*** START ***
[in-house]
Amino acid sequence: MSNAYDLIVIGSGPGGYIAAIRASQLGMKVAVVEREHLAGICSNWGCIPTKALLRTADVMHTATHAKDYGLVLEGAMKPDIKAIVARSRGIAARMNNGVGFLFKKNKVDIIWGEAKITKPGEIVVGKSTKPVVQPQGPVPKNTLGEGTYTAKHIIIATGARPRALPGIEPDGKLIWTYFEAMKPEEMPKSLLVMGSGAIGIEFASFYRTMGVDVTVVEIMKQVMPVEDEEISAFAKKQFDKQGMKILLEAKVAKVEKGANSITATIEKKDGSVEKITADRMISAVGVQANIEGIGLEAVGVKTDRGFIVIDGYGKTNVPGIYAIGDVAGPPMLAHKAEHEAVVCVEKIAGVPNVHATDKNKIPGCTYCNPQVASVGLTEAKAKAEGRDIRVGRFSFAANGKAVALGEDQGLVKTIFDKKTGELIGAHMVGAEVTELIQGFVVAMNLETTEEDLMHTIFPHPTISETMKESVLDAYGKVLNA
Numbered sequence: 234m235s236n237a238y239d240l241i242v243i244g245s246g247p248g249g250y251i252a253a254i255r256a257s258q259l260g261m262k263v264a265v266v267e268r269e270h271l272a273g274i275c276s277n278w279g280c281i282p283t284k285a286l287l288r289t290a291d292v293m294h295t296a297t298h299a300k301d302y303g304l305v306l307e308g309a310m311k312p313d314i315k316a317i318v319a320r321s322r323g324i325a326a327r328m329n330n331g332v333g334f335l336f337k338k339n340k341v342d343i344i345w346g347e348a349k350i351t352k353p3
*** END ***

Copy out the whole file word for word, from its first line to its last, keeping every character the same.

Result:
[in-house]
Amino acid sequence: MSNAYDLIVIGSGPGGYIAAIRASQLGMKVAVVEREHLAGICSNWGCIPTKALLRTADVMHTATHAKDYGLVLEGAMKPDIKAIVARSRGIAARMNNGVGFLFKKNKVDIIWGEAKITKPGEIVVGKSTKPVVQPQGPVPKNTLGEGTYTAKHIIIATGARPRALPGIEPDGKLIWTYFEAMKPEEMPKSLLVMGSGAIGIEFASFYRTMGVDVTVVEIMKQVMPVEDEEISAFAKKQFDKQGMKILLEAKVAKVEKGANSITATIEKKDGSVEKITADRMISAVGVQANIEGIGLEAVGVKTDRGFIVIDGYGKTNVPGIYAIGDVAGPPMLAHKAEHEAVVCVEKIAGVPNVHATDKNKIPGCTYCNPQVASVGLTEAKAKAEGRDIRVGRFSFAANGKAVALGEDQGLVKTIFDKKTGELIGAHMVGAEVTELIQGFVVAMNLETTEEDLMHTIFPHPTISETMKESVLDAYGKVLNA
Numbered sequence: 234m235s236n237a238y239d240l241i242v243i244g245s246g247p248g249g250y251i252a253a254i255r256a257s258q259l260g261m262k263v264a265v266v267e268r269e270h271l272a273g274i275c276s277n278w279g280c281i282p283t284k285a286l287l288r289t290a291d292v293m294h295t296a297t298h299a300k301d302y303g304l305v306l307e308g309a310m311k312p313d314i315k316a317i318v319a320r321s322r323g324i325a326a327r328m329n330n331g332v333g334f335l336f337k338k339n340k341v342d343i344i345w346g347e348a349k350i351t352k353p3